Gaza - father brings injured son to hospital victim of Jewish military attack 2014 MEMO/APA images

Not an accident: Gaza Hospitals in Crisis, Under Attack


This is not an accident, it is intentional and by design on Israel’s part. The Hague Regulations of the Laws of War govern what is and what is not legal in a conflict, violations are war crimes. Israel has committed many war crimes against the trapped population of Gaza. One of which is bombing homes (Article 25). Another area of international law, humanitarian law pertains to treatment of those involved in or civilians affected by conflicts or war.

One of the provisions of the Geneva Conventions (to which Israel is a signatory), refers to materiel necessary to medics and hospitals:

Art. 23. Each High Contracting Party shall allow the free passage of all consignments of medical and hospital stores and objects necessary for religious worship intended only for civilians of another High Contracting Party, even if the latter is its adversary. It shall likewise permit the free passage of all consignments of essential foodstuffs, clothing and tonics intended for children under fifteen, expectant mothers and maternity cases.

Such consignments shall be forwarded as rapidly as possible, and the Power which permits their free passage shall have the right to prescribe the technical arrangements under which such passage is allowed.

9  July, 2014 Middle East Monitor

Gaza’s hospitals are in crisis. No drugs, no disposables, no fuel to generate electricity. About the only thing they do have are staff and patients – and thanks to Israel’s current military offensive, there are plenty of the latter.

In the three days since Israel’s Operation Protective Edge was launched, over 250 injured Palestinians have presented for emergency treatment to services lacking such fundamental basics as trolleys and emergency department beds.

Patients arrive in ambulances, vans, private cars, taxis – however they can get there – and are then carried, assisted, or struggle to walk into the emergency department for treatment.

So far 23 percent of them have been children and 18 percent women. These civilians were invariably in or near their homes when destruction rained down on them.

29 homes have been completely demolished, often with entire families inside, such as the Hamad home in Beit Hanoun in which three generations of the family perished, and the Qarare home in Khan Younes which killed seven and left one surviving toddler.

Medical staff are working day and night to provide the best care possible despite the lack of resources – and the lack of salaries. These doctors and nurses have not been paid for several months, and despite the advent of the unity government over a month ago, they have still not been paid.

It is beginning to affect their work. Some are later for their shifts, some cannot get there at all because they live too far away to walk, and they do not have the money for public transport. Some have borrowed from family and friends just to get to work to save the lives of others – even though their own lives are impossible, and even at risk. Already one nurse has been injured on duty, when the European Hospital in Khan Younes was struck by Israeli missiles.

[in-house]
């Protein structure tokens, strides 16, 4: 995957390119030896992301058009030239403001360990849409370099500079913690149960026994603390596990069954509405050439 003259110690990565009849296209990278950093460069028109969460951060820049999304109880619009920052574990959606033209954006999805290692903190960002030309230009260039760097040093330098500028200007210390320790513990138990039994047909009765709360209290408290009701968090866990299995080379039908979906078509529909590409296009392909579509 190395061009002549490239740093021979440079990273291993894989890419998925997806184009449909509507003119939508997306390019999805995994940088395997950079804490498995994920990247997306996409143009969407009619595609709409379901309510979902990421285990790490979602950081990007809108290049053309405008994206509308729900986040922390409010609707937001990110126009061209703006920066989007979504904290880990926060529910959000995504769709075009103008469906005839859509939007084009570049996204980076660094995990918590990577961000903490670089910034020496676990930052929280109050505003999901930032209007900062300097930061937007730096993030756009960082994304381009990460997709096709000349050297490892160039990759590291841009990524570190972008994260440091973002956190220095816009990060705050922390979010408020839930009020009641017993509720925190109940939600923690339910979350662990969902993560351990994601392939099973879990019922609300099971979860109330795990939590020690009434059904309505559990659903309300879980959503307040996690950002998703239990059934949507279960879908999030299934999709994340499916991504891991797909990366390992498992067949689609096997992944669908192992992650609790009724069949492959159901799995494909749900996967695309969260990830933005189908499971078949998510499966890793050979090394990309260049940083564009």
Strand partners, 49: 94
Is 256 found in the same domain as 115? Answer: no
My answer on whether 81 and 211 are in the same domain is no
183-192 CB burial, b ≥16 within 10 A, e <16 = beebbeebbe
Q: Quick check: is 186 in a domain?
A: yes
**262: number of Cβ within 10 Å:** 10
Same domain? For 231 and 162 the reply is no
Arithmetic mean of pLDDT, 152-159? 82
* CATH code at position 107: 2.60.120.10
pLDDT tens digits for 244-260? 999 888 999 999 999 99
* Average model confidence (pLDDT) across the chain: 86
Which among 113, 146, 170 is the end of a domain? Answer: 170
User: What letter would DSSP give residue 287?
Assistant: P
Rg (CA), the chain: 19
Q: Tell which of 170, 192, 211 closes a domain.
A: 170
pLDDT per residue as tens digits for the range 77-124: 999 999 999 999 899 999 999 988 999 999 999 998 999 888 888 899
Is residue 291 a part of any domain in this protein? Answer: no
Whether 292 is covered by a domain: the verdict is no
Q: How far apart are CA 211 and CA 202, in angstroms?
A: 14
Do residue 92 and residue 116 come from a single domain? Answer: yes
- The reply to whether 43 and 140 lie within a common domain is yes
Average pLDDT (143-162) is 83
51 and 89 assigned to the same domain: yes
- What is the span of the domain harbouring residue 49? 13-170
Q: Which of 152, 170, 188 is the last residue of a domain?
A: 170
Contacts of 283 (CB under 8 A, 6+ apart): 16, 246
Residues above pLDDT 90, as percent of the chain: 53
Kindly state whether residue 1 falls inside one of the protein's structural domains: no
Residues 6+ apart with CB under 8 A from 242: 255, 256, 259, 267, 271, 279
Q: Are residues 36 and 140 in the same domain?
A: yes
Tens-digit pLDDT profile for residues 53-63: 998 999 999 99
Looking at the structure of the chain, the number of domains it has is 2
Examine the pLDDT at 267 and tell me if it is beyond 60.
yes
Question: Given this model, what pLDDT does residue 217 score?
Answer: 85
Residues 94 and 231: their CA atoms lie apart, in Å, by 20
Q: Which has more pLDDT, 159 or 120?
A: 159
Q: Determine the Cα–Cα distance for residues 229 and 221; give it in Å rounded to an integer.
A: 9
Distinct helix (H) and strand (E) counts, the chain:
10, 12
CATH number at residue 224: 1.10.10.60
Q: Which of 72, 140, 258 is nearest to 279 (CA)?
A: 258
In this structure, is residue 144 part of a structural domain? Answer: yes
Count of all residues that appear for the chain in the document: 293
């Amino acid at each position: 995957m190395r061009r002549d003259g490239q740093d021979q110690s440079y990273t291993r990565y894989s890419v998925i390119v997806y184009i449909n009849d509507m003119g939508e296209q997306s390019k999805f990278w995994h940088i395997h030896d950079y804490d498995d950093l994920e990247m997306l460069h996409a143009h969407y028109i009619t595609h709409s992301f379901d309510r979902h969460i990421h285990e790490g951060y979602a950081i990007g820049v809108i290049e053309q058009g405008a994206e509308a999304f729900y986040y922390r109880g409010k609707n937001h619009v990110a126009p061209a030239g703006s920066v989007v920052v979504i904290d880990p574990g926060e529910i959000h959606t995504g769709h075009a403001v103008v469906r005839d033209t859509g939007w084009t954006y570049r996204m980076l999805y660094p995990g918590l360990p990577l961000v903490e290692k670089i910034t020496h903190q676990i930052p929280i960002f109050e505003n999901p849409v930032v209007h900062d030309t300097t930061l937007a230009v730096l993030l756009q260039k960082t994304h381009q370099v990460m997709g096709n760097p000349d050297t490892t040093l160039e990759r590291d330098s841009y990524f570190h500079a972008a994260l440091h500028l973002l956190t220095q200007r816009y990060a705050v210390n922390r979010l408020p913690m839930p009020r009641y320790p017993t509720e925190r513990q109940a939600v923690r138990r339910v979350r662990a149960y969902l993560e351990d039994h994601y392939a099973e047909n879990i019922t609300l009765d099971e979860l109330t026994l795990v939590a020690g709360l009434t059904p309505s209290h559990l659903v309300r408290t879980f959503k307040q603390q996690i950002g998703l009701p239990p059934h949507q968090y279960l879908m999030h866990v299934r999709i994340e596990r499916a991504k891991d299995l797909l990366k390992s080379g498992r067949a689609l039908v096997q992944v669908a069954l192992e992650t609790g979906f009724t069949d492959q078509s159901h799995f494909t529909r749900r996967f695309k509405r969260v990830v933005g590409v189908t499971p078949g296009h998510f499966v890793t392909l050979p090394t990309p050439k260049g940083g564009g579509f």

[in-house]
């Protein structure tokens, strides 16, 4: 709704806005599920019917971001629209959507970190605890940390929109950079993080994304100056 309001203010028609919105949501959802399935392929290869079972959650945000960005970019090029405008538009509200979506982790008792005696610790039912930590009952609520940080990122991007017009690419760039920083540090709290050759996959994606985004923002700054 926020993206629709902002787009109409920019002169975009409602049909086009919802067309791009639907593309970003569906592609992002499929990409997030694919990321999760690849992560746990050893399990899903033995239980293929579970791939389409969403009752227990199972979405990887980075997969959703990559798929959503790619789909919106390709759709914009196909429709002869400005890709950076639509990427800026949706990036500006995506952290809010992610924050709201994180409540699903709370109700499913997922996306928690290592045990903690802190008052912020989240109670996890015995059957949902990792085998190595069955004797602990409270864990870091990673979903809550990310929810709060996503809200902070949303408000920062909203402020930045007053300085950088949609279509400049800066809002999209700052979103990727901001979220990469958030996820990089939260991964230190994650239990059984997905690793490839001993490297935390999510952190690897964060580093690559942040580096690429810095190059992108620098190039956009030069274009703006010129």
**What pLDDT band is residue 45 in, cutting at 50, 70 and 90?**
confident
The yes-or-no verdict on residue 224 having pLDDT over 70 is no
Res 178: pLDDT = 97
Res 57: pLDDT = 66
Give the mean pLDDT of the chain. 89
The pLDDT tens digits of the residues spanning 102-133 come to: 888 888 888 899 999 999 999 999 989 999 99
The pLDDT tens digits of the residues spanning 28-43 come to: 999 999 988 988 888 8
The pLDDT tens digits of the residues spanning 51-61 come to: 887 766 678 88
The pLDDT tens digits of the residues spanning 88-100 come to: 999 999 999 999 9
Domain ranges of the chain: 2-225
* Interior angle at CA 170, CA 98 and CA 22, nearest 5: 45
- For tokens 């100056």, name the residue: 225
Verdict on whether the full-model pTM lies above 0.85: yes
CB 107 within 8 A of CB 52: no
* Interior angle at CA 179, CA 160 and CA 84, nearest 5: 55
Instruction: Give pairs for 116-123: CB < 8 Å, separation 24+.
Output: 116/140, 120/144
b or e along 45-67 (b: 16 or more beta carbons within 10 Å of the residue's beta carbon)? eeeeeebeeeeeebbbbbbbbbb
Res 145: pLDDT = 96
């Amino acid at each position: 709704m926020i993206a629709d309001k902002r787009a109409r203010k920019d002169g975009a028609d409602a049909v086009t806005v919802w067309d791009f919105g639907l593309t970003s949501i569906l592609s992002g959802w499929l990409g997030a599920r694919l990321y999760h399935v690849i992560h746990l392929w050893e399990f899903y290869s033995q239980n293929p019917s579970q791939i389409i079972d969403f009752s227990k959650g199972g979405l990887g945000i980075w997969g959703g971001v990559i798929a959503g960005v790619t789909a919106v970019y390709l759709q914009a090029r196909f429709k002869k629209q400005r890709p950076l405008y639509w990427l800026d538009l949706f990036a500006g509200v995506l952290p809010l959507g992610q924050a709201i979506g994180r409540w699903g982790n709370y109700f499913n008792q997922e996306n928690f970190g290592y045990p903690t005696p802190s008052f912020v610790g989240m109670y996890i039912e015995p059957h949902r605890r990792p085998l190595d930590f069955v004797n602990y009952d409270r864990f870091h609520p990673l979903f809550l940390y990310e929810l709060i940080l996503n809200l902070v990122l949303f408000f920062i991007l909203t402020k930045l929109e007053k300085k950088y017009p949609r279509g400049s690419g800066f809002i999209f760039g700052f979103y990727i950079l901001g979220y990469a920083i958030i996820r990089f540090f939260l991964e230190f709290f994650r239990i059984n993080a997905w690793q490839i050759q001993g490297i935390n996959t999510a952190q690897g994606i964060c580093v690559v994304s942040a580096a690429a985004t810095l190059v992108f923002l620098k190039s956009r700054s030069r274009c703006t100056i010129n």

Regardless, the medical staff are there in the front line, receiving the dead and injured, dealing with the horror hour in and hour out, with no rest or reward but the knowledge that without them many more would suffer, and die.

With a stoicism and patience found only in Palestine, they wait for the arrival of essential drugs from the West Bank – the promised supplies from the unity government that should have arrived a week ago, but that have never materialised – like their salaries.

With 25 percent of essential medicines now at zero stock, and another 15 percent which will be zero within days, they wonder how they will treat the patients that keep pouring through the doors after every Israeli bomb, missile, mortar, or rocket hits another home, car or motorbike and wreaks havoc on the lives and limbs of those beneath it.

They wonder will they be the next to be killed – or will it be their child that becomes another digit added to the 35 already killed since Monday, 18 percent of whom are children. Will their wife, mother, sister, aunt, grandmother add another percent to the 6 percent of women in the death toll to date?

They wonder will their hospital be next to be targeted, knowing full well that neither the Geneva Convention nor any other piece of UN paper has ever, or will ever, protect them from Israel’s terrorist rampage through their lands and lives, let alone bring a measure of justice after the event.

They wonder will help ever arrive – the medicines they need, the supplies like sutures to stitch back together the flesh torn apart by shrapnel, the spare parts to fix the instruments and devices necessary to diagnose and treat, even just the fuel to run the generators to light the operating theatres and keep them functioning.

“We need all people, all societies to do something to stop the Israeli aggression that is killing children, women, the elderly,” pleaded Dr Nasr Altatari, General Director of Gaza’s largest medical complex Shifa.

“All countries and societies, please send us drugs, disposables, fuel, spare parts so we can provide proper care for the injured.”

As Dr Nasr returns to compiling his growing list of fast-diminishing stocks, we leave to the sound of screaming sirens as several ambulances arrive with yet another load of dead and injured for the already over-burdened services to deal with… and drones circle overhead like birds of prey lining up their next kill.

*Donations to buy essential medicines and equipment can be made through Medial Aid for Palestinians (MAP)

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